- More people are moving into bigger homes with bigger families.
- Changes in Social Structure
- Economic Concentration
- Corporations are making huge profits, but top 5% of corporations are making 87% of all corporate profits.
- This means vast majority of corporate wealth is concentrated in a small number of companies.
- “Big Three” oil companies, auto manufacturers, etc. Smaller competitors either die out or get bought.
- White Collar Majority
- For the first time, there is a majority of Americans working white collar jobs opposed to blue collar jobs.
- Blue collar work becomes less necessary as increased mechanism begins replacing the need for workers.
- An expanding economy makes more places available for people to work white collar jobs.
The Ideology of Abundance and Adjustment
- Overall Americans believed that American society was so fruitful that there was an overabundance. The assumption was the economy would get more efficient, and at some point, everyone would have everything they needed and want.
- The Classless Society
- You don’t have class division the way you have in other societies.
- Embourgeoisement Thesis
- Everyone can be a part of the middle class.
- Being middle class in America is not determined by what you do, you can do it if you can afford the trappings of middle class (house in a neighborhood, car).
- Consumption as opposed to production.
- The Organizational Family
- Family is a corporation in miniature.
- Society is organized in such a way that understanding your role will help you become content.
- Corporate structure takes place in the household. Husband is CEO, wife is the manager, the kids are the labor.
- Idea is that everybody has their role in society.
- Mass produced housing. Housing that is meant to be inexpensive.
- More people are moving to suburbs. By 1960, most people are living into suburbs as opposed to urban and rural dwellers.
- In 1950, 1.4 million houses were built. 3,000 acres a day were bulldozed to make room for houses.
- William J. Levitt, “Levittown’s”
- Built outside of NYC and Philly. Levittown’s are subdivisions where the price of house was down, there would be three styles of homes that you could choose from.
- He could reduce cost by keeping the style of the homes the same.
- Federal Housing Authority
- Provide low-interest loans.
- People can purchase homes with very little down payment.
- In 1950s, the average mortgage on a home was 30 years.
Trouble in Paradise
- Michael Harrington, The Other America (1962)
- Talking about the portion of America that is poor and hidden from American view. All of those who lived in rural areas have failed to keep up.
- Rural livers don’t have electricity, heat, running water, etc.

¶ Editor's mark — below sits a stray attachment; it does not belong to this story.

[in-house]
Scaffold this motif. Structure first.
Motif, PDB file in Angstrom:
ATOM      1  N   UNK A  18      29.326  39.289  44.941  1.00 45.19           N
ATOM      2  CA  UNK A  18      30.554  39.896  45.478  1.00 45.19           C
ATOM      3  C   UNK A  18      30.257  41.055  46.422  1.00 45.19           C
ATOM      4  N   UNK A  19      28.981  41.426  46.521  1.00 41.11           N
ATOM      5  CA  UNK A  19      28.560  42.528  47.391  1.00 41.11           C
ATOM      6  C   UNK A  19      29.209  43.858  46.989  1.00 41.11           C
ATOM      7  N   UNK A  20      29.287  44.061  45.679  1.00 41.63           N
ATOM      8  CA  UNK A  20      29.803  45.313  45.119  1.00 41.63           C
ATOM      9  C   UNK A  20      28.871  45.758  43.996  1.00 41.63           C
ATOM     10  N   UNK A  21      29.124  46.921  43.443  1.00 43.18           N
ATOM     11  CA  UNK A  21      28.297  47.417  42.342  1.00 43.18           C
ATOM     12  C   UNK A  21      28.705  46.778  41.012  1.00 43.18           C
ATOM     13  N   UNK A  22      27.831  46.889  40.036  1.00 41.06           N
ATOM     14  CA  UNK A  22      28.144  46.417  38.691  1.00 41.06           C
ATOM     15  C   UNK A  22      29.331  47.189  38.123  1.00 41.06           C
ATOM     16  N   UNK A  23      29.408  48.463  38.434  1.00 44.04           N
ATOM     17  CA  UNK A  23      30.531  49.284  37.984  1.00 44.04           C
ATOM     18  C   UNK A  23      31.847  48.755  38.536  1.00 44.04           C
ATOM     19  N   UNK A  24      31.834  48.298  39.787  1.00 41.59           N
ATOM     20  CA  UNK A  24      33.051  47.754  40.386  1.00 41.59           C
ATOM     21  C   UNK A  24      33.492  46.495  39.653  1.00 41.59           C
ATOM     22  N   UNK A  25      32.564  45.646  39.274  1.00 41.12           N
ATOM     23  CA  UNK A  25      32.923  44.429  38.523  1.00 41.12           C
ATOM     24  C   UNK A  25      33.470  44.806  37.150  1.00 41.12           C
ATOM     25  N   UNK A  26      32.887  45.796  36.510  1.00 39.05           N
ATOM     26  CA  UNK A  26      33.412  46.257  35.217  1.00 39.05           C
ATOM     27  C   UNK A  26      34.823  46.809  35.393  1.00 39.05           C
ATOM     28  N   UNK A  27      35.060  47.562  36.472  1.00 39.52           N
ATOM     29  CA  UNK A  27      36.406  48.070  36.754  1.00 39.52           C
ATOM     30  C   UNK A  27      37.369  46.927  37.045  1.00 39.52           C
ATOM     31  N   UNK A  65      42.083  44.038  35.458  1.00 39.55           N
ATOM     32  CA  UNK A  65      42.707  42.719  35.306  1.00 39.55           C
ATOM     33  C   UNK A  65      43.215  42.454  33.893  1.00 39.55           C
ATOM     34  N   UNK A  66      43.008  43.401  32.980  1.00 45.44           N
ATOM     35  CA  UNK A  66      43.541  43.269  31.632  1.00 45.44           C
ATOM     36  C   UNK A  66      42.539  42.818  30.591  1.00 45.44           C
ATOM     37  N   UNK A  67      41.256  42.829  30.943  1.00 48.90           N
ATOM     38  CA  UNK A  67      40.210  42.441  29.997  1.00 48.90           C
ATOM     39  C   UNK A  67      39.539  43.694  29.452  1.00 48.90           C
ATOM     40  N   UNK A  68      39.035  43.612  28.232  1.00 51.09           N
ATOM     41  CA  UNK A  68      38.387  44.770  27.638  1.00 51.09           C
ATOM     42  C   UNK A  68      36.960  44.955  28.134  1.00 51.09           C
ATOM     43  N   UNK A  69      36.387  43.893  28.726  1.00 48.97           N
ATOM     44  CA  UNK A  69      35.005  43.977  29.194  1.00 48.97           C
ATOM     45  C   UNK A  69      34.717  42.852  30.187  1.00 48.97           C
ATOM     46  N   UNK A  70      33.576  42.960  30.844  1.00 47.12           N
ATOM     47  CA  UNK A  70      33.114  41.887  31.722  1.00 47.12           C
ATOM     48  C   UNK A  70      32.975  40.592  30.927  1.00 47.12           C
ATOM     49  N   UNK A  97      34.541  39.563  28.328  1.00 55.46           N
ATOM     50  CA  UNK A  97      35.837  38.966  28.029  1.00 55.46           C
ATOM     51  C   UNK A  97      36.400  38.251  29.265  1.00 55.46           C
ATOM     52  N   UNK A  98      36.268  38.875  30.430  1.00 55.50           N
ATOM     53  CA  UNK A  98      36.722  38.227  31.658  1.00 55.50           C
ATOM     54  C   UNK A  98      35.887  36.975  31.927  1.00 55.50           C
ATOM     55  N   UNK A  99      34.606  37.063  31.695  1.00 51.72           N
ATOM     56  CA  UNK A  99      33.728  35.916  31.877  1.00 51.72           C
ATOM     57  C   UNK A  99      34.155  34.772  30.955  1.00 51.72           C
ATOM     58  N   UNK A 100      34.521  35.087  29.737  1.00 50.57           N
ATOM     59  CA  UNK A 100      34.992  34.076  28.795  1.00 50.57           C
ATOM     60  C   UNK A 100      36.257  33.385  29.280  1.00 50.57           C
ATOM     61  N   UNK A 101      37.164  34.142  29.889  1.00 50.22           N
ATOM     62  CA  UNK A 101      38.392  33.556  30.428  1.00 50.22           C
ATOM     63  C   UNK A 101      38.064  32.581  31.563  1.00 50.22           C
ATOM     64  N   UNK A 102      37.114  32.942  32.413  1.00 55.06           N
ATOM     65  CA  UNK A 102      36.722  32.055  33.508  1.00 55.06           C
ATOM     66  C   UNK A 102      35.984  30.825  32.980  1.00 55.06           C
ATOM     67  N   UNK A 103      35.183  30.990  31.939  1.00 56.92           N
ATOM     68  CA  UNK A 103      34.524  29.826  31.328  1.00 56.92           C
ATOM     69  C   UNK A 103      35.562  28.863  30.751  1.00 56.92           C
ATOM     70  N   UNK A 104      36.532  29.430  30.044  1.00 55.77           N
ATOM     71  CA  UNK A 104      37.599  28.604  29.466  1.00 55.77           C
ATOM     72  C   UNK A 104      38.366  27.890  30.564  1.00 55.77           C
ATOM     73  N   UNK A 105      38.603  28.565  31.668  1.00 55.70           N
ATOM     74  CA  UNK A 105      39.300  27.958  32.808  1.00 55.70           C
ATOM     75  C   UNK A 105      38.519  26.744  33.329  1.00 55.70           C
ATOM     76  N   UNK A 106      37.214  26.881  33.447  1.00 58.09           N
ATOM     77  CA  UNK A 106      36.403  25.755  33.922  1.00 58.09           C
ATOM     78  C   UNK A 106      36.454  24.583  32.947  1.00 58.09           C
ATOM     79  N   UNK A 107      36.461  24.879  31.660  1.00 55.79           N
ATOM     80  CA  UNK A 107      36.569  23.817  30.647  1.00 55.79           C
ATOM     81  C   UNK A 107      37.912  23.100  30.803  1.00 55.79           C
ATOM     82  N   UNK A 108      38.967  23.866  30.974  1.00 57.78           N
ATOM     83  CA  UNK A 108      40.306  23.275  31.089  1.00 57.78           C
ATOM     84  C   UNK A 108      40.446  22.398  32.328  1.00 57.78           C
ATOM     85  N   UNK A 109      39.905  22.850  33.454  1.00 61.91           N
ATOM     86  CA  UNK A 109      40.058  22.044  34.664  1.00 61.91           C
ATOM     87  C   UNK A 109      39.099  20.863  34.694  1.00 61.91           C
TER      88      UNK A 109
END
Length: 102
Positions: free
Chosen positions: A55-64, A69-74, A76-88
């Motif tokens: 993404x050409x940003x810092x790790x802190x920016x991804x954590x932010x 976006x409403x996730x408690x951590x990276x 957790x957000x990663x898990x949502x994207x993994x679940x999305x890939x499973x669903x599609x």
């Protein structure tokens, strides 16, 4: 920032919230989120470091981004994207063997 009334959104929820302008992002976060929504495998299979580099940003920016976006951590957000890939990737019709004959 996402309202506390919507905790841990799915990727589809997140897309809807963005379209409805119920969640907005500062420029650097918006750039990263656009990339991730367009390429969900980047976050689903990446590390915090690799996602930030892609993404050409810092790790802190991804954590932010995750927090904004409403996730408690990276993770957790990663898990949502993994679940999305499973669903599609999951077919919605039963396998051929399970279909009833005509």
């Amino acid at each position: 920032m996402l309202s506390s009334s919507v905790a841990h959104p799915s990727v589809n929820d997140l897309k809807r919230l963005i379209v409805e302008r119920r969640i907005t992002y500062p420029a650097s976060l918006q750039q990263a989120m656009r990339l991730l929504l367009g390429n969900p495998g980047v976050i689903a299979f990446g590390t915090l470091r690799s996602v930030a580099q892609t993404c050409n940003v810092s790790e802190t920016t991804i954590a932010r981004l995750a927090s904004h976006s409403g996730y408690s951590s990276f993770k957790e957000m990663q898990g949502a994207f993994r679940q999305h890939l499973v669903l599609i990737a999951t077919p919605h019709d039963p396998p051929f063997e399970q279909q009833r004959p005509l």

- A lot of people don’t have much savings. When a disaster occurs, people descend very quickly from the middle class into poverty.
- Argues that American society will become so efficient that everyone will profit, he says that idea is not supported by evidence. There is a class of people, he estimates 25%, that is living in poverty or is one event away from being pushed into poverty. He says the structure of the economy will always make a lower class. We will never ger to the point where everyone is successful.
- Attacking the economic system.
- David Riesman, The Lonely Crowd (1950)
- Argues that the economy is changing the characteristics of Americans. He says in the 19th century they made decisions based off their moral compass, in the 1950s the desire to fit in means people are becoming more likely to make decisions on what others think. Less inner-dependent and more other-dependent.
- Says this is not good for democracy. If people stop making decisions on morality and more on appearances, this is dangerous. People can be influenced and manipulated in dangerous ways.
Civil Rights, Part 1
- Country was ignoring the fact that people were not given the same opportunities in society.
- Groups least affected by the prosperity during this period were the ones that began protesting.
Legalism in the Postwar Period
- Smith v. Allwright (1944)
- Bans exclusive primaries (white primaries).
- Southern states restricted primary voting for African Americans.
- Primary voting is important in the South, because a vast majority in the South was essentially one party (Democrats).
- By banning African Americans from primary voting, whites can determine who they want to run.
- Court rules limiting the voting is unconstitutional.
- Thurgood Marshall
- Predicted that before 1960 that all segregated schools in the US would be gone.
- He was very wrong.
- George McLaurin
- NAACP challenges the idea of “separate but equal”.
- African American who lived in Oklahoma and applied to law school in Oklahoma.
- Oklahoma did not have a public black law school.